Esperanza Rising: Lesson 9
Sixth graders explore culture by reading a book with classmates. In this Hispanic history lesson plan, 6th graders read the story First Day in Grapes, and discuss the tough lives of migrant workers. Students answer study questions after the story.
The Ethics of Outsourcing to China
After viewing clips from a documentary on factory work in China and US outsourcing, learners have a fishbowl discussion. They work in groups to build both personal points of view and strong arguments on the effects of outsourcing in China. This lesson includes excellent resources and wonderful discussion questions intended to engage learners in building an economic and global perspective of US business overseas.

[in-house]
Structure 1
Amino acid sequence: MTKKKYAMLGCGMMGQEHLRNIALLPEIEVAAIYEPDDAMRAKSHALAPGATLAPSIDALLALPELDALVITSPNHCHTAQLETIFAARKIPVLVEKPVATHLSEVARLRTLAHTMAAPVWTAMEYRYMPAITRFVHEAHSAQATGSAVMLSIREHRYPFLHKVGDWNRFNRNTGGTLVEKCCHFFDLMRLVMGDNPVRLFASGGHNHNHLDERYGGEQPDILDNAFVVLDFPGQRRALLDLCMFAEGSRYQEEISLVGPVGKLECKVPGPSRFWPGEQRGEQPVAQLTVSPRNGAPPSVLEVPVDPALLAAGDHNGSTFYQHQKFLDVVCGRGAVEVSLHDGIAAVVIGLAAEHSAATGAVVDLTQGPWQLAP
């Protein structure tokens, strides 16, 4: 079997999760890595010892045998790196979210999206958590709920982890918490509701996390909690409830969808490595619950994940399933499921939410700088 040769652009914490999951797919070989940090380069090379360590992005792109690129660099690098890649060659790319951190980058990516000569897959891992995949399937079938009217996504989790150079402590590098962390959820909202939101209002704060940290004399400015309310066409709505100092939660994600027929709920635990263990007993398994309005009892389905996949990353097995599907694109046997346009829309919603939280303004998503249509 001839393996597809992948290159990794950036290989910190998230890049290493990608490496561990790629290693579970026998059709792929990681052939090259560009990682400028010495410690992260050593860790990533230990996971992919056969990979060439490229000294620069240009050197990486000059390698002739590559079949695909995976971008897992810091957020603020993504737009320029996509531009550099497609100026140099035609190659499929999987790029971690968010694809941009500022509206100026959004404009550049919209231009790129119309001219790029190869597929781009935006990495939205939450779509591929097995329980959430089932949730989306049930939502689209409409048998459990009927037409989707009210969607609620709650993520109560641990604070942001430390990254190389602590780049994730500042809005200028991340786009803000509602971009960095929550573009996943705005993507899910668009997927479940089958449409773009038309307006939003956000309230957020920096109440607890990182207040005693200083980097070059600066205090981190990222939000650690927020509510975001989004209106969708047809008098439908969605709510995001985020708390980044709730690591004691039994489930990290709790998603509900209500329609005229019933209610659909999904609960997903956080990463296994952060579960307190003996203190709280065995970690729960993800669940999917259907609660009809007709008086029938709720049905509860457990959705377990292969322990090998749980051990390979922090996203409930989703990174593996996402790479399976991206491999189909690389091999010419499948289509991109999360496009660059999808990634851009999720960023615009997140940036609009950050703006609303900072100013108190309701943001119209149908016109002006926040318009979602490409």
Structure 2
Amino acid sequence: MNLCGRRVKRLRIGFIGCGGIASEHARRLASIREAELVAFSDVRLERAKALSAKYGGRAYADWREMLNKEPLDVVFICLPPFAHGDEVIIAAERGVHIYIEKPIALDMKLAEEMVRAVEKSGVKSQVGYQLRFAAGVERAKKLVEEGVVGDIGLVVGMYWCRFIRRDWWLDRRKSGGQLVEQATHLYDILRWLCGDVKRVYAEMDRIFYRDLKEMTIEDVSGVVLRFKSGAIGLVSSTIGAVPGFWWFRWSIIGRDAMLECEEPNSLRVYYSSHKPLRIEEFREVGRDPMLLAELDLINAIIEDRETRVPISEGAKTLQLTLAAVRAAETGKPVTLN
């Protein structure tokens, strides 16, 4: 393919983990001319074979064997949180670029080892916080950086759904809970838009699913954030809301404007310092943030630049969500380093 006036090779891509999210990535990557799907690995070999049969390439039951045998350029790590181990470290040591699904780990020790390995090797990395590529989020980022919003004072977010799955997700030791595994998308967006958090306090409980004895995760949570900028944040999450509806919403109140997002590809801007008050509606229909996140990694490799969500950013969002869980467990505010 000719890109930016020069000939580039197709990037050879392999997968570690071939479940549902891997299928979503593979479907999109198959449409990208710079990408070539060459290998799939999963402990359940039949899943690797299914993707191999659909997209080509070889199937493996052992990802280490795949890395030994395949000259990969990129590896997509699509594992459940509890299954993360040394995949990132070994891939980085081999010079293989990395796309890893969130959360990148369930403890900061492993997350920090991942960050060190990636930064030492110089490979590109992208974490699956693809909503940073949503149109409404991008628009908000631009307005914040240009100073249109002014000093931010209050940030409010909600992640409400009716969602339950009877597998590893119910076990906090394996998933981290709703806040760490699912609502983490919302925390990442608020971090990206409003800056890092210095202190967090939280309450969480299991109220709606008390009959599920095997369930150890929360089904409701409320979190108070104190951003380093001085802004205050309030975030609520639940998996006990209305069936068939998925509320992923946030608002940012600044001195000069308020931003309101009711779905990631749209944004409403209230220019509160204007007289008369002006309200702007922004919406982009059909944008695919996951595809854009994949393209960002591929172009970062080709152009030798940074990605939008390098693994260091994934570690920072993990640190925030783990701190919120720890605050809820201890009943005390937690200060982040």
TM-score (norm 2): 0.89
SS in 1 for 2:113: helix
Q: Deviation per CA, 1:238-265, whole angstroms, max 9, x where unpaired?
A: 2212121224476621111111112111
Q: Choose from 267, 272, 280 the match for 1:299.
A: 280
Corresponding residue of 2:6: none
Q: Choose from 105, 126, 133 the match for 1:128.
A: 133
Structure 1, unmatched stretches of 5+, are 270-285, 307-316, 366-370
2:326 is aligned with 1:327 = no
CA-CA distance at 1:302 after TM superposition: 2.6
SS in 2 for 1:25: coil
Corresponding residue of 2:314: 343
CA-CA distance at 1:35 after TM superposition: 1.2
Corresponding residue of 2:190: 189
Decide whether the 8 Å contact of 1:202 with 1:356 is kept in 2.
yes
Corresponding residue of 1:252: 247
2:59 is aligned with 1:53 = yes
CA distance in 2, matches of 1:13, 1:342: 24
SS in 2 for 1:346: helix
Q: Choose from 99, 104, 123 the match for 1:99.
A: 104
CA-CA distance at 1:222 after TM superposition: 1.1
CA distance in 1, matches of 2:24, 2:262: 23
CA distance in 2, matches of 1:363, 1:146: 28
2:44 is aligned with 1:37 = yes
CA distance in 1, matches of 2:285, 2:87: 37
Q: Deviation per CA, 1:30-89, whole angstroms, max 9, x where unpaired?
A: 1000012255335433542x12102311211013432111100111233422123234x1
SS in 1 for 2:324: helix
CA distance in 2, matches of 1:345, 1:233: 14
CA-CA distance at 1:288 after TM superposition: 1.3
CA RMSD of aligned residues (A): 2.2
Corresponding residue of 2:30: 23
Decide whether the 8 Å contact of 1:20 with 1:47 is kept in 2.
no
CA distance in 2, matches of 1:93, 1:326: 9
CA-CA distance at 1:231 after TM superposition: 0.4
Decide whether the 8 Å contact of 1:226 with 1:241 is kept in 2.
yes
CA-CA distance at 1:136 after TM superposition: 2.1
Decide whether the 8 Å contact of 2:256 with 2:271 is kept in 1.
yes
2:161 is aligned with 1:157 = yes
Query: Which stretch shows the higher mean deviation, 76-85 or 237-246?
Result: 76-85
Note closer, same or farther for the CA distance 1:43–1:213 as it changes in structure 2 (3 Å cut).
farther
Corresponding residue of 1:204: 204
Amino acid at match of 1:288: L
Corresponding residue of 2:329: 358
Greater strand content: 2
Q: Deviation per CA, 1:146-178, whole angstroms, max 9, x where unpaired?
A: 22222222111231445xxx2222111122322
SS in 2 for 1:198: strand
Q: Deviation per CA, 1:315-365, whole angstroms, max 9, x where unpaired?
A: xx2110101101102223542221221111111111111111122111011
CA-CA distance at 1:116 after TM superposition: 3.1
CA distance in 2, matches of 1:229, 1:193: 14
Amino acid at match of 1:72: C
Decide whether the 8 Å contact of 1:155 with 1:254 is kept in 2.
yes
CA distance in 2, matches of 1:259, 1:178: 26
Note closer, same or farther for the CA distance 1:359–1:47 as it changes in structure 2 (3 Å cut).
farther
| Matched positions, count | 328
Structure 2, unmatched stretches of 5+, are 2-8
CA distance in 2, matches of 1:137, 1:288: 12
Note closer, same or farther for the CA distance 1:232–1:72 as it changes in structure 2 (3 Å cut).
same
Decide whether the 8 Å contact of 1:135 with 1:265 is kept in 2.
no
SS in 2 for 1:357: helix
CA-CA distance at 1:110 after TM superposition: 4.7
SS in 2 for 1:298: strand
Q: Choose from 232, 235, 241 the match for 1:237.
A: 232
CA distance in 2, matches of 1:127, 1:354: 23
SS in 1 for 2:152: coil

Building Background Knowledge: Why Do Workers Strike? (Chapter 11: "Los Aguacates/Avocados")
Make connections between Esperanza Rising and human rights with the activities outlined here. The lesson starts out with a brief quiz and review of the novel. After that, pupils circulate and share quote strips that you give to them. The goal is to match quotes from the novel with quotes about human rights. Class members will also learn what a strike is and connect that knowledge to the novel by completing a note-catcher and discussing the text. All materials are included in an engaging Common Core designed lesson.
People That Changed the World: Cesar Chavez
Eighth graders analyze Cesar Chavez's actions to help migrant farm workers and write a summary of his actions and their impact. They map out the areas on a California map that Cesar worked and helped the migrant farm workers. They then compare migrant farm conditions then and now.